I have a love-hate relationship with cleanliness.
I love to be clean and organized, but I hate the work that goes into it. Having a toddler makes cleaning and staying clean Sisyphean at best. Nothing stays clean for more than ten minutes at a time with a human tornado.
This gets discouraging very quickly. Why bother keeping clean and organized if it’s only going to become a mess immediately?
It’s hard for me to get organized and easy to allow clutter to take over. I am ashamed to admit that it took until June to finally put all the holiday decorations away. They were removed from the main areas of the house but sat waiting to make it inside the storage closet we have in our room. Ash and I had to move around the boxes and clutter that kept piling up on a nightly basis as we got ready for bed.
For that, I hated spending time in our bedroom.
It took so long because it required a cleaning and reorganizing of our storage closet. We’ve accumulated a lot of old baby and maternity items that we’re not ready to part with just yet, so there wasn’t any room to put holiday decorations back inside.
This required an organization session, cleaning, and purging a lot of items. Making the time to do this is difficult with the fatigue and have limited energy stores day-to-day. Because a cleaning session wasn’t important in my mind, it kept getting pushed back in favor of working on other projects.
But that doesn’t mean the cluttered chaos didn’t cause issues.
Benefits to Clean House
Over the years I’ve recognized the benefits of having an organized house without a child: it’s a way to find things easily, everything has its place, and generally makes life easier.
I am also one of those people who gets depressed if my living space is messy. I am not just talking super messy but depression starts to set in even if there’s a little bit of clutter. So when the house “gets out of control,” I tend to freeze and get frustrated.
I am, by no means, obsessive over the cleanliness. When I can’t even get myself to spend 15 minutes tidying up because of either fatigue or feeling overwhelmed I feel frustrated.
Cleanliness and MS
With MS, having an organized house also has a lot of added benefits that are obvious: I don’t have to worry about tripping over things and I am able to remember where I put something because I put it where it belongs.
The less obvious advantages to maintaining an organized house?
Naptime. Seriously, when I have a cluttered bedroom with a pile of clothes on the bed from the laundry, I can’t physically take a nap because they are in the way. Shoving them into a corner on the bed, or piling them on “that chair” creates an emotional frustration because I should put them away but too exhausted to do so.
My memory issues. When the house is cluttered I never assume I put something back where it belongs. In fact, most of the time I assume I left it somewhere else, yet after tearing the whole house apart, I find the item exactly where it is supposed to be. I am so cluttered that I forget about the times I actually put something away.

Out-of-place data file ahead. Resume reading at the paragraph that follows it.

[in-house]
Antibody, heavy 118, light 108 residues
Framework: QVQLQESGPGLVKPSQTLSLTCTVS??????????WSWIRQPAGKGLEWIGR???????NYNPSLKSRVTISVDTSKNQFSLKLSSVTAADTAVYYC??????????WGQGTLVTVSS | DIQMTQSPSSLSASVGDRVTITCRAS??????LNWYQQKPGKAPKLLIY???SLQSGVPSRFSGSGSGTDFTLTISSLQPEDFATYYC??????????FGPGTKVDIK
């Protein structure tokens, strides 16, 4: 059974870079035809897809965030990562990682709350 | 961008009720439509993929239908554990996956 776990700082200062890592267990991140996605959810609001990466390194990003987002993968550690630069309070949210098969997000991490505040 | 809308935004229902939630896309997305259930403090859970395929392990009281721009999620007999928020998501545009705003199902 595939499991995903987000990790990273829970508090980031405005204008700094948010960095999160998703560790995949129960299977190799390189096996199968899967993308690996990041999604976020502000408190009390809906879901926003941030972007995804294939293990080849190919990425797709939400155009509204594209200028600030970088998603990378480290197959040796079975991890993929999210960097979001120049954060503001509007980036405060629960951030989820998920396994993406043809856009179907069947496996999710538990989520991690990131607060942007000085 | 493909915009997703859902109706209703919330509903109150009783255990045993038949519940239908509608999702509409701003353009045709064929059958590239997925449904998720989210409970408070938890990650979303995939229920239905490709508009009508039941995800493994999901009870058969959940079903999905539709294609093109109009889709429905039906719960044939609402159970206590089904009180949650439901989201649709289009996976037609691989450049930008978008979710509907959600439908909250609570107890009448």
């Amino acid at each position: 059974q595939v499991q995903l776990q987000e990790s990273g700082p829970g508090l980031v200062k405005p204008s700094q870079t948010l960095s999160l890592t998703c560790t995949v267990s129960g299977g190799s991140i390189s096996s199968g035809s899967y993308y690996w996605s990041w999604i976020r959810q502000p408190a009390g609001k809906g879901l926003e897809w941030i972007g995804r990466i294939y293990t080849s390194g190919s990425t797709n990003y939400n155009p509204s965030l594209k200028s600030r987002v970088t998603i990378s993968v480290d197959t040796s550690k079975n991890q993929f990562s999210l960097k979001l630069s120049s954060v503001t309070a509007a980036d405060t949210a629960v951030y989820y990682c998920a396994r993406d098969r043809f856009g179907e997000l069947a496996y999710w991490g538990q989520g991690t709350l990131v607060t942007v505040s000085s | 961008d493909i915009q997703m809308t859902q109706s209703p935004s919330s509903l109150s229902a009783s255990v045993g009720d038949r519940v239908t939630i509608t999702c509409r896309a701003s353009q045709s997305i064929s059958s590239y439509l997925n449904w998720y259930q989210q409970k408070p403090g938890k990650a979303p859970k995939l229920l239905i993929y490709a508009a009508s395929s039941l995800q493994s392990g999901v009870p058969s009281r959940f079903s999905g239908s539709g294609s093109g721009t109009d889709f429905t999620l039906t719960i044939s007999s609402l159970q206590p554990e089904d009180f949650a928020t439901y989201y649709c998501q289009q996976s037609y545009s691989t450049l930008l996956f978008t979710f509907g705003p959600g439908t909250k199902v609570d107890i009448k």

When the house is neat and organized I am more likely to check the place where it belongs first because I trusted myself to put it away.
Finally, my depression. While it is hard to pinpoint the source of my depression: MS or otherwise, I know that my levels of depression correlate with the mess levels of my living spaces. If my public areas are clean, but my private bedroom/bathroom is messy – my depression levels are elevated. If the entire house is an out-of-control mess? Well, I will push through the naptime frustration and nap rather than dealing with the mess.
Now that I have Jai, these issues become more pointed the messier I am. I feel especially bad because I really don’t want to teach him bad habits – I want him to know how to clean up after himself by providing a healthy example.
Where to Start?
This is always the difficult part of organizing/cleaning a house: knowing the best place to start. One of the best pieces of advice I’ve found? Just starting somewhere.
Think of it like a band-aid: just rip it off. Start organizing someplace.
I find that starting from a geographic perspective helps: I will work from the front door and into the house is easiest. When I do this often enough I find that it can get stale, so it makes the solution for refreshing my routine easy as well: start backwards once or twice and do the rooms I usually end with first.
The other thing that I found helps me every time to get started, and from my discussions with friends I am not alone with this, is putting my favorite cleaning show on in the background: Hoarders or Hoarding: Buried Alive. Both shows should be on demand with a cable provider and there are a lot of British cleaning shows available on a popular free streaming service affiliated with Google.
There are three reasons why I love to have these shows on in the background: